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The 4 Outstanding First Responders of Leadership Venice 2023

Serving the Community With Care & Commitment

Article by Emily Leinfuss

Photography by Stephanie Snow Photography

Originally published in Venice City Lifestyle

The Venice Area Chamber of Commerce’s Leadership Venice, class of 2023, has 25 participants representing a variety of businesses, nonprofits, and industries in the city of Venice. 

One of them is Venice City Lifestyle’s vibrant publisher, Charmaine Tincher. Four are the outstanding first responders who shared their concerns for the city, and takeaways from the program, in the following interviews. 

Each, in their own way, expressed that Leadership Venice is providing new perspectives on the city, and networking with the other class members will assuredly assist them in doing their job better and more efficiently moving forward. 

Chief Frank Giddens

Venice Fire and Rescue

Twenty-one years ago, Frank Giddens, now 46, was a newbie firefighter for Venice Fire and Rescue. Today, as Fire Chief, he oversees all aspects of the organization. A ‘lifelong’ Floridian, Frank is married and has two children. 

Q. Why did you want to join the 2023 Leadership Venice class? 

FG. What intrigued me was the opportunity to gain an in-depth perspective of how our business leaders and the City of Venice truly operates. And who can say no to (Leadership Venice Director) Barbara Hines? She is such a great leader to learn from.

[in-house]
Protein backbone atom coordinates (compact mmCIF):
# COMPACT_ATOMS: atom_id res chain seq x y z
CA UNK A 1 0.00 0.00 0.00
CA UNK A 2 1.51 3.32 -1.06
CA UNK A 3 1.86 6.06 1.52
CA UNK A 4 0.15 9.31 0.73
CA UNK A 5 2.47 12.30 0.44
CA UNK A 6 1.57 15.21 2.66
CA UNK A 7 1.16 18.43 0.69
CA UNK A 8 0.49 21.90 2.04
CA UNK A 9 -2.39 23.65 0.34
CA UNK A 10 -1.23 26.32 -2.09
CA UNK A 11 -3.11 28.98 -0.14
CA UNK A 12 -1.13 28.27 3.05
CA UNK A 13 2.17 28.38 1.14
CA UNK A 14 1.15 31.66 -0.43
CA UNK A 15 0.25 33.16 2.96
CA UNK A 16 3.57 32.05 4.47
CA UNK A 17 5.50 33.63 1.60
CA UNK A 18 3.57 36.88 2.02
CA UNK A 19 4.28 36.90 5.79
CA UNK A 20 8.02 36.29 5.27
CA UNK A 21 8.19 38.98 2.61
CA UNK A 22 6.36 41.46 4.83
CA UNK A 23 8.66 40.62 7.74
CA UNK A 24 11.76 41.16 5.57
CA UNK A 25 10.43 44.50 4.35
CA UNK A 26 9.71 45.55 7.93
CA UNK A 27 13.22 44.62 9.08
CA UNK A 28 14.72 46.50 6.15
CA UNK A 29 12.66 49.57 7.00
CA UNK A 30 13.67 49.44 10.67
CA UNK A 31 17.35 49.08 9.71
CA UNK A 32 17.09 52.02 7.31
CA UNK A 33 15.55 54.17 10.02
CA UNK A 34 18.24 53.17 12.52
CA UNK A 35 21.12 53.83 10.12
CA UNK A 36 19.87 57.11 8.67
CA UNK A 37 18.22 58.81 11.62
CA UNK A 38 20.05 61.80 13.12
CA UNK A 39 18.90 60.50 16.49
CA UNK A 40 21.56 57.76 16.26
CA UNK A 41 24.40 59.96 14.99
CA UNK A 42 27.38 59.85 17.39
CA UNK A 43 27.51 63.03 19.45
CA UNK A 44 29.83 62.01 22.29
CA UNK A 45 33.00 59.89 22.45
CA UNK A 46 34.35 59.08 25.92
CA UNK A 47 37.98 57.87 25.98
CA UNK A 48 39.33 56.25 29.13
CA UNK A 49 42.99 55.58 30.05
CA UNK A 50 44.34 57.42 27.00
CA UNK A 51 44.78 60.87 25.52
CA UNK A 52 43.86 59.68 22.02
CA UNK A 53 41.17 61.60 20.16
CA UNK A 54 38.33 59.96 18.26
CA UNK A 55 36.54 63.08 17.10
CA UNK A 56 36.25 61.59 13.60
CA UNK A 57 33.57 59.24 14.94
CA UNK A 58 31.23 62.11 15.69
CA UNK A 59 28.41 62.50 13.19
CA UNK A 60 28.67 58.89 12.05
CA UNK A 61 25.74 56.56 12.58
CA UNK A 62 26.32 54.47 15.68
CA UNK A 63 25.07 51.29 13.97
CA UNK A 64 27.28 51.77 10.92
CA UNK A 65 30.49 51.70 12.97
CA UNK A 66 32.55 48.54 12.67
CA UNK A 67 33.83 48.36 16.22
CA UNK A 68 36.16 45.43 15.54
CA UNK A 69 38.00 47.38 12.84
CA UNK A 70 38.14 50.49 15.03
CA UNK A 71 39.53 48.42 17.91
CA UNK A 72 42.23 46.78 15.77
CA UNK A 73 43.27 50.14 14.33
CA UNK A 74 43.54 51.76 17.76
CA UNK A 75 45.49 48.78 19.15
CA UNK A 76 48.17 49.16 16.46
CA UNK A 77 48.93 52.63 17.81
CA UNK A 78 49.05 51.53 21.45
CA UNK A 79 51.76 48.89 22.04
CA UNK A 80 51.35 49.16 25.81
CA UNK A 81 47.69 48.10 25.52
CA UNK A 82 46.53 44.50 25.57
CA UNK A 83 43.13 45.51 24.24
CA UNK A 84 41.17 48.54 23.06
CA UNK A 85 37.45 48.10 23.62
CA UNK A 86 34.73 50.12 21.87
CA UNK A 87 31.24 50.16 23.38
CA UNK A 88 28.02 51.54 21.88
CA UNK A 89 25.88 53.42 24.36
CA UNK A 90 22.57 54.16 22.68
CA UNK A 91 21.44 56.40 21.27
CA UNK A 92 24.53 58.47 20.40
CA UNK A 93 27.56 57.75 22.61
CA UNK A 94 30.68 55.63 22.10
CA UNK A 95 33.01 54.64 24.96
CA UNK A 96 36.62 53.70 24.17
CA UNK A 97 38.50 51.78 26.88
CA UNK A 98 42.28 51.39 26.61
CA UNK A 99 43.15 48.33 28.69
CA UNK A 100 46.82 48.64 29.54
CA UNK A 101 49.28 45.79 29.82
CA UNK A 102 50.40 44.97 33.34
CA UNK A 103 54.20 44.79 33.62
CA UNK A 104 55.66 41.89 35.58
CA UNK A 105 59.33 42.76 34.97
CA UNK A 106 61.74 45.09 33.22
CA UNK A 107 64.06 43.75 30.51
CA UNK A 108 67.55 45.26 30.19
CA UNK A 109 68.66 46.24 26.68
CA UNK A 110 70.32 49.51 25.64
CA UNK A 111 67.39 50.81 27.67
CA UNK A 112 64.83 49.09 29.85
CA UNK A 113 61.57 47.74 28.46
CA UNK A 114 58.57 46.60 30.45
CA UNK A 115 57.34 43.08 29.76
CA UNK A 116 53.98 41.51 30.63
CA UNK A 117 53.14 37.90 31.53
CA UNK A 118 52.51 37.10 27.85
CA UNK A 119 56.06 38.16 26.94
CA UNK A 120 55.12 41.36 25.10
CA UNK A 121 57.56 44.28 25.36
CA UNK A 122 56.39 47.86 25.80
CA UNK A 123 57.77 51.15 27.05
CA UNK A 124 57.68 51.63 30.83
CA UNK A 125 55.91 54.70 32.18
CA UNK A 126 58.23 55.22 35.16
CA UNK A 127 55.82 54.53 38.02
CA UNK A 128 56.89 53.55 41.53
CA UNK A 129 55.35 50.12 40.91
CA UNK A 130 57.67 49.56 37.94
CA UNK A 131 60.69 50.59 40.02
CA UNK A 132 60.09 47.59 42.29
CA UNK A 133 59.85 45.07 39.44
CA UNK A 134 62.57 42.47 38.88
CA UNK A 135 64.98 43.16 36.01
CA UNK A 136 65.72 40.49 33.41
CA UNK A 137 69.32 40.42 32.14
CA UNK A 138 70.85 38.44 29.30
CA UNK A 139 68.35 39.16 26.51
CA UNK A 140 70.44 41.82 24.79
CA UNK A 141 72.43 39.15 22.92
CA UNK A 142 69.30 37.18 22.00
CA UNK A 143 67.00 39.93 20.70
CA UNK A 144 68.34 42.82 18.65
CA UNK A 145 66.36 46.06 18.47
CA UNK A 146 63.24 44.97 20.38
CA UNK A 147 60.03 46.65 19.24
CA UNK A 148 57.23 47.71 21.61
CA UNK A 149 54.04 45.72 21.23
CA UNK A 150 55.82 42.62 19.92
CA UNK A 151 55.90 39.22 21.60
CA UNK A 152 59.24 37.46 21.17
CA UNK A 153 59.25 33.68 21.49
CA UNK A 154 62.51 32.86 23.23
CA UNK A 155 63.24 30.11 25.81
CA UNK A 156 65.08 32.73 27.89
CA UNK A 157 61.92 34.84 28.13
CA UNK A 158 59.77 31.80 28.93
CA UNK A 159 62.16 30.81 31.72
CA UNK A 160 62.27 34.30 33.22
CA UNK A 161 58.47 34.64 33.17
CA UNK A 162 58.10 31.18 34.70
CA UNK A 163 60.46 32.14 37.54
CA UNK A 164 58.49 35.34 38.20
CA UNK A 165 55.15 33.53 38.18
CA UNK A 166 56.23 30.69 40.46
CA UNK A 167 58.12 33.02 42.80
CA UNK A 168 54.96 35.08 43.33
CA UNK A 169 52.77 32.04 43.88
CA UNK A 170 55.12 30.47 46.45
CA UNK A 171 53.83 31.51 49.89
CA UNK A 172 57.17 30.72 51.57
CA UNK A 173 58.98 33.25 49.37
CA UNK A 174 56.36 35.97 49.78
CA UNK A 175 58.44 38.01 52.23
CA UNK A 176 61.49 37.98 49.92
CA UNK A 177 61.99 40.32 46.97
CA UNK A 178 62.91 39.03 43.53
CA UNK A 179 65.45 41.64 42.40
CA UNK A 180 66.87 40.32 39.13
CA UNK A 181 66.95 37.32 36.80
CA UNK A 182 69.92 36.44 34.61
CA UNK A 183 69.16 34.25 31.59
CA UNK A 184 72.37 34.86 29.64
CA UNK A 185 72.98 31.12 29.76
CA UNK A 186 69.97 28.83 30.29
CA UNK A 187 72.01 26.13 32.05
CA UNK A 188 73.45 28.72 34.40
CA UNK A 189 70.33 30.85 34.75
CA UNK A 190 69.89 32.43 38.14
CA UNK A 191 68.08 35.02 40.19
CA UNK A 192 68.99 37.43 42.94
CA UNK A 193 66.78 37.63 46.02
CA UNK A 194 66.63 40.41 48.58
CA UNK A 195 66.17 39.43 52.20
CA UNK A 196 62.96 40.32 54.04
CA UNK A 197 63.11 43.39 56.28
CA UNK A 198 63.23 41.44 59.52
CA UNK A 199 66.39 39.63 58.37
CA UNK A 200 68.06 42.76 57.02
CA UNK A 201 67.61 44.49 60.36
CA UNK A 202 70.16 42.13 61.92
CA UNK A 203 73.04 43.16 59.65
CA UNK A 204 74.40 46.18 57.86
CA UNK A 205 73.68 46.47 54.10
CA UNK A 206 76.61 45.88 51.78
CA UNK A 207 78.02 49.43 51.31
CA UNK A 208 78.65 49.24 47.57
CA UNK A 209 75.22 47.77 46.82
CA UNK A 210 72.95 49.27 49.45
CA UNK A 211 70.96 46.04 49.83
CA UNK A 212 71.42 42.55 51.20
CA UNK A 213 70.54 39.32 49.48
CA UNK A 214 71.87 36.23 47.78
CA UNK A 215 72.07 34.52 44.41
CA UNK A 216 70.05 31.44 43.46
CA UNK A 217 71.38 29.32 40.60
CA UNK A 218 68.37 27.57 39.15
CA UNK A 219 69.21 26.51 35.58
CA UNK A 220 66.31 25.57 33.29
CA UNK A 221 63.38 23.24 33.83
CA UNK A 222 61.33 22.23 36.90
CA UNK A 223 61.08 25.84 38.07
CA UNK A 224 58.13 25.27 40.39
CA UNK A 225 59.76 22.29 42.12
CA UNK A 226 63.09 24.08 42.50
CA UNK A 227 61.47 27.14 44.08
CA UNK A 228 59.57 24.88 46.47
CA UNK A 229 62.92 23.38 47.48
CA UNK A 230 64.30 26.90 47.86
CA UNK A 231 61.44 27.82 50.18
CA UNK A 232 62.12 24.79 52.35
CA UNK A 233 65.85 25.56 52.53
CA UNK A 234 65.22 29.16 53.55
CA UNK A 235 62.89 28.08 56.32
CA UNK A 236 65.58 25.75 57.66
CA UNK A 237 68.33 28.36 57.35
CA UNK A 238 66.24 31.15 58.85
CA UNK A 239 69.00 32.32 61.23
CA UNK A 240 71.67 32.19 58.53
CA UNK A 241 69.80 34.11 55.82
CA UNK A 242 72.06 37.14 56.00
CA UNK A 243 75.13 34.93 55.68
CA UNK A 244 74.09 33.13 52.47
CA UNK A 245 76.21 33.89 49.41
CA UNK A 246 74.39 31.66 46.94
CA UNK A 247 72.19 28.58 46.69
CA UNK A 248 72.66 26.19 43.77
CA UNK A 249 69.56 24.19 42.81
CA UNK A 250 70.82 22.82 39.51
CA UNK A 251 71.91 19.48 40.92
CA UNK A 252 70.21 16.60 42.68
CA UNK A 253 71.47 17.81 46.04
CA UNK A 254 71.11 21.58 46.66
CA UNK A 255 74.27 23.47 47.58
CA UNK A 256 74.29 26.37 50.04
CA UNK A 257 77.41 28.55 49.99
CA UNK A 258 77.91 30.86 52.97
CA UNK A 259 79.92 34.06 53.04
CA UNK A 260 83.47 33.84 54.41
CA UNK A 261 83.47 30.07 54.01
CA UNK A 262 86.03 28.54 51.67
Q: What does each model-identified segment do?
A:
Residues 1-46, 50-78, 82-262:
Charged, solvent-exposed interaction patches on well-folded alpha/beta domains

Q. What are some highlights of your experience in the program? 

FG. Networking and building good relationships with the people. We cover the whole spectrum of the workforce – police, fire and rescue, business owners, accountants, city planners. 


Q. How is working with everyone on the Leadership Class Project of 2023: A Tribute to First Responders?

FG. This project really provides the table for different agencies, organizations, and workforces to come together for a common goal to benefit the city. 

Q. What is your greatest wish, or positive change you’d like to see for the Venice area?

FG. I hate to sound cliché but this city on the Gulf is titled as ‘Paradise,’ and with so much change going on I (wish) for the continued good will of the genuinely good people here.  

Assistant Chief Kyle Hartley

Venice Fire and Rescue